Istanbul Program

Istanbul, Turkey | May 24-June 13, 2015

The Istanbul Study Abroad Program is co-sponsored by the South Texas College of Law and the William Mitchell College of Law, and is conducted in cooperation with the University of Bahcesehir in Istanbul.

For more information, please contact Stephen Mazza, dean and professor of law, at

Apply for the Istanbul Study Abroad Program

The University Of Bahcesehir

The University of Bahcesehir in Istanbul, Turkey, is a foundation university, established in 1998. Bahcesehir has quickly established itself as a progressive, dynamic educational institution. The school's modern facilities are located on the European side of the Bosphorus coast in the heart of Istanbul. With a population in excess of 10 million, Istanbul is the largest city in Turkey. It is the only city in the world located on two continents, Europe and Asia. Its rich history dates back some 5,000 years. Students will enjoy a unique learning experience in this vibrant, cosmopolitan city.

The program contact for the Istanbul Study Abroad Program is Feridun Yenisey, a professor of law at the University of Bahcesehir. Professor Yenisey is the country's foremost expert on international and comparative criminal law.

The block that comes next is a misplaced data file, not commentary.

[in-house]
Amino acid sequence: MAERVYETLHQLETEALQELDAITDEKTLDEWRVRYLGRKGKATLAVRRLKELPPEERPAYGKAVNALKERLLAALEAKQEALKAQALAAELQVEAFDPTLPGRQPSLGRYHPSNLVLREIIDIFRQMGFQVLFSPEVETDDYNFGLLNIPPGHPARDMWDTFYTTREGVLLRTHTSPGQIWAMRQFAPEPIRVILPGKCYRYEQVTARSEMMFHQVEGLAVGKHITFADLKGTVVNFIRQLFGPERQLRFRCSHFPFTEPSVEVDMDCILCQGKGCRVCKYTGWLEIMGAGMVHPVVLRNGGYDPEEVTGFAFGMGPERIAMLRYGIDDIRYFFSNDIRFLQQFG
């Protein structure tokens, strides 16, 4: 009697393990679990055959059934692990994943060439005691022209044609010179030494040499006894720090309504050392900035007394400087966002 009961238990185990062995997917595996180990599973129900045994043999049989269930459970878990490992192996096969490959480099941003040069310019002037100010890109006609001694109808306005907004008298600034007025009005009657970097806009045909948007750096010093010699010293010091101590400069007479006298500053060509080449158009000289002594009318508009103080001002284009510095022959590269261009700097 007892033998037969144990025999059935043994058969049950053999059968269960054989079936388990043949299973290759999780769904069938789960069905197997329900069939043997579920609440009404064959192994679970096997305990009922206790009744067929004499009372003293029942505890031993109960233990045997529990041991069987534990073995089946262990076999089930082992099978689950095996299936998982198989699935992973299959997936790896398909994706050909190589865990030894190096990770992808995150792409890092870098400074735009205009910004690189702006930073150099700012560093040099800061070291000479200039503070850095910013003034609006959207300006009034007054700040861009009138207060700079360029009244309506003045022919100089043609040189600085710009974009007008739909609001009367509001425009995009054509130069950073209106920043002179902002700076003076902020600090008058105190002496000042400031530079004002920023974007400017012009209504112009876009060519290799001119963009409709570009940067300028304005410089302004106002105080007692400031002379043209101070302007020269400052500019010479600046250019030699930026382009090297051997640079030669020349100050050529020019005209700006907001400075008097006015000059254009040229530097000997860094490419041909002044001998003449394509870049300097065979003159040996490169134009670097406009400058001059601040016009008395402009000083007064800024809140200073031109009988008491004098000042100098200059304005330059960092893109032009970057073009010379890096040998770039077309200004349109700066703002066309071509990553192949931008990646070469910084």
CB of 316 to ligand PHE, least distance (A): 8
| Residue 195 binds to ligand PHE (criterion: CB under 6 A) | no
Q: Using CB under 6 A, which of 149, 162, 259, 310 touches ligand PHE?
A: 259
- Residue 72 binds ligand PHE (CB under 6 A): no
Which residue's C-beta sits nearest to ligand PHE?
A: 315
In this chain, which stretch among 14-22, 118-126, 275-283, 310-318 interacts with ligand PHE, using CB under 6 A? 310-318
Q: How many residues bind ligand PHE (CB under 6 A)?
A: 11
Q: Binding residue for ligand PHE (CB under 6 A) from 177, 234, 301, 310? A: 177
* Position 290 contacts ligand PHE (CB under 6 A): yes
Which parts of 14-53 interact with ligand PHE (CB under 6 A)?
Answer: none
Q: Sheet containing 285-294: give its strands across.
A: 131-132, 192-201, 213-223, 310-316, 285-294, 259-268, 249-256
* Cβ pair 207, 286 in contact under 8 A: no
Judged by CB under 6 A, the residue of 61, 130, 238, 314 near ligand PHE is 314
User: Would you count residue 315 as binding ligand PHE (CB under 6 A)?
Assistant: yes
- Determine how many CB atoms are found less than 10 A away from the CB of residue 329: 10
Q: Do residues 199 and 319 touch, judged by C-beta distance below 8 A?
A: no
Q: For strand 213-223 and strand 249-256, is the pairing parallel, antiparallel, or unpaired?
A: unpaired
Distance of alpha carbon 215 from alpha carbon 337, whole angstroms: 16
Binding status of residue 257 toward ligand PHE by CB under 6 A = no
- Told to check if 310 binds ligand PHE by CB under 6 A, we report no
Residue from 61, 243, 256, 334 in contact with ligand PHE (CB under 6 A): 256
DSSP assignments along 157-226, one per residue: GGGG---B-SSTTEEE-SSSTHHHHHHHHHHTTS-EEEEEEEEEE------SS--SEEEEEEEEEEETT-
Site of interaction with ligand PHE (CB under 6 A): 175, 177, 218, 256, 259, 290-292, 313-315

There are no prerequisites for any of the courses. All classes are taught in English. No Turkish language skills are necessary for participation in the program. Approximately 20 law students from Turkey and other countries attend courses as guest auditors.

Course descriptions

  • Criminal Procedure in Europe
    (1 credit) Dr. Feridun Yenisey
    This course examines as representative of the Civil Law tradition the procedural rules of the criminal law systems operating in Turkey and Germany. Lectures will also concern the development of the European Union Criminal Law and its expansion under the leading decisions of the European Court of Human Rights. Legal concepts and legal institutions of Islamic Criminal Law shall be explained and compared with Civil Law tradition.
  • Forensic Evidence: Cross-Border Crimes & National Security
    (1 credit) Professor Jessica Gabel
    This course examines select topics in the forensic sciences devoted to the investigation and trial of criminal cases of an international scope. The course focuses on the comparative legal aspects of forensic evidence. It also discusses the tools and methods necessary to collect and analyze evidence, detect and monitor threats, inform policy and legal considerations, and support international and military justice systems. By the end of this course, students should be able to (1) understand aspects of certain scientific disciplines and methodologies; (2) apply legal rules and case law to forensic evidence; (3) utilize that knowledge to analyze evidence in criminal cases; (4) communicate that knowledge effectively in practice; and (5) create a pre-trial discovery plan for expert witnesses.
  • International Human Rights Law
    (1 credit) Professor Kenneth Williams